Homes in England at risk of flooding set to double in next 30 years as climate crisis worsens

The warning ‘needs to be taken far more seriously’ as around 600,000 properties will face flooding if there is no investment on drainage and nature-based solutions

Thousands more homes in England could be at high risk of flooding in the coming decades unless action is taken, government advisers have warned.

The number of homes and properties at risk of flooding could rise from 325,000 today to 600,000 in the next 30 years, according to a new report from the National Infrastructure Commission (NIC).

The report said action is needed to reduce the risk of surface water flooding as climate change is bringing more intense and frequent heavy downpours, while new development’s are putting more pressure on drainage systems.

Stricter controls on new property developments, along with around £12 billion in investment in drainage systems is needed over the next 30 years to prevent thousands more homes and businesses from flooding. There also needs to be more of a focus on “nature-based” solutions such as roof gardens, green gullies, drainage ponds and rain gardens to tackle the problem, the NIC said.

Why are more properties at risk of flooding?

At present, 325,000 English properties are at a high risk from surface water flooding, with a 60% chance of being flooded in the next 30 years.

A combination of climate change, bringing more intense and frequent heavy rainfall, and increased pressure on drainage caused by new developments could see as many as 230,000 more properties in the high risk category by 2055, the report said.

The report added that the unplanned spread of impermeable surfaces, such as the paving over front gardens, which reduces the ability of rainwater to seep away into the ground, could put a further 65,000 properties into high risk areas.

The Commission said that localised floods across England in October, as well as the major flooding incidents in London in last year which affected 1,500 properties and hit hospitals and public transport, highlighted the risks posed by surface water flooding.

It occurs when there is too much rain for drains to cope with and the ground to soak up, filling streets with water which can flood into buildings and disrupt infrastructure.

‘We need to start taking this type of flooding far more seriously’

Following the report, the government is being urged to strengthen legislation and standards for new developments to reduce the use of existing drainage systems for surface water run-off, and increase sustainable measures such as green gullies and flood storage ponds.

The NIC said ministers also need to review options for managing the growth in paved surfaces, and act on expanding drainage capacity and better maintaining existing systems which will improve the resilience of towns and cities to more frequent downpours.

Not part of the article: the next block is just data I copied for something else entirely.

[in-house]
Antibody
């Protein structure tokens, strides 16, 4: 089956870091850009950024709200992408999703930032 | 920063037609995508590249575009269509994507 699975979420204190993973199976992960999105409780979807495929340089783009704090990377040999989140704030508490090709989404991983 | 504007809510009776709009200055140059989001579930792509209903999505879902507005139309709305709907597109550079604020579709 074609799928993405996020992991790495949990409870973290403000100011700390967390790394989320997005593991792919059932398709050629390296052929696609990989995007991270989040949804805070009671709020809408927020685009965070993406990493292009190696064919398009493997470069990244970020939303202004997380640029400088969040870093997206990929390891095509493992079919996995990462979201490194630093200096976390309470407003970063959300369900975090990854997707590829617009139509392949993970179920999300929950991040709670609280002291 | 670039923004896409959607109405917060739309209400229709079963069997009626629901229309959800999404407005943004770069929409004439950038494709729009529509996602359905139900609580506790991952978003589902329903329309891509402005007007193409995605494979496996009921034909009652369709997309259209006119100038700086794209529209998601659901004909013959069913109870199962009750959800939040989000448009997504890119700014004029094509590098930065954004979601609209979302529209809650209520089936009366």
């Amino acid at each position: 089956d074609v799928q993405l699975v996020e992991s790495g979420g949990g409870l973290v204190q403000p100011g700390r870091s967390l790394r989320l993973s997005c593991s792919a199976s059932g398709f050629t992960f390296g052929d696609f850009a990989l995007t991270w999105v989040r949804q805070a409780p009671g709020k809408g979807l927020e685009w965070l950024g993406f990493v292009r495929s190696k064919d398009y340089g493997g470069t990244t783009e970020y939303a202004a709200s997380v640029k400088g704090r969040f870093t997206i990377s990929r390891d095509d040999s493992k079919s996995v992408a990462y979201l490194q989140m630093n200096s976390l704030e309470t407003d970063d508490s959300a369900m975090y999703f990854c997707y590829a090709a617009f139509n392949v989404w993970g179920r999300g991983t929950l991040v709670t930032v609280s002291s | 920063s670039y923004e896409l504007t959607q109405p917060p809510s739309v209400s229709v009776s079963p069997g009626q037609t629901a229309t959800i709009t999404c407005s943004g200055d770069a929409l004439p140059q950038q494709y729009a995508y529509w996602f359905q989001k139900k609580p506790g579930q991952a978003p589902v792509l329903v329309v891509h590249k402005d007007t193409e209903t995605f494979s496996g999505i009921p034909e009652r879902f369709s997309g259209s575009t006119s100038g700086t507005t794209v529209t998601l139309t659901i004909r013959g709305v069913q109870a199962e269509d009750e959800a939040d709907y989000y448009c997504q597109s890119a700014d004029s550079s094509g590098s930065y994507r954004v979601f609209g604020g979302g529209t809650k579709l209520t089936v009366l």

Lower-cost, above-ground measures such as grassy channels, rain gardens and ponds, should be considered before digging more pipes and sewers, the report said.

Professor Jim Hall, National Infrastructure Commissioner, said: “It’s clear that faced with more intense rainfall and increased urbanisation, we need to start taking this type of flooding far more seriously. The solution is clear - reducing the amount of water flowing into drains, whilst also improving the capacity of those drains.

“That means stopping urban creep from increasing the amount of storm water that drainage systems have to cope with and giving nature more opportunities to hold on to excess water, as well as targeted investment to ensure sewers can cope with growing pressures. While sustained investment is needed, the estimated additional costs are relatively modest. At least as important is a more joined-up approach to owning and acting on the problem.”

The commission has recommended that there needs to be a more joined-up and targeted governance for the issue. Local authorities and water companies should work together to develop plans that deliver locally-agreed targets with funding devolved to local areas, and the Environment Agency needs to be actively involved in assessing flood water risk with the government setting national risk reduction targets.

The new infrastructure involved will cost an estimated £12 billion, spread over 30 years, split between public and private funding from water companies. The investment could move 250,000 properties out of the high risk category for surface water flooding, and boost protection for many more.

A government spokesperson said: “We are tackling surface water flooding through our £5.2 billion flood defence programme, with over 30% of 2,000 new flood defences, including sustainable drainage systems, set to improve surface water management. The government has completed a review about mandating sustainable drainage systems in new developments, with more information set to be published shortly.

“This will help address both surface and sewer flooding, alongside our Storm Overflows Discharge Reduction plan, which requires water companies to deliver their largest ever infrastructure investment of £56 billion to tackle storm sewage discharges. We will closely consider the findings of the NIC’s report ahead of publishing our response in 2023.”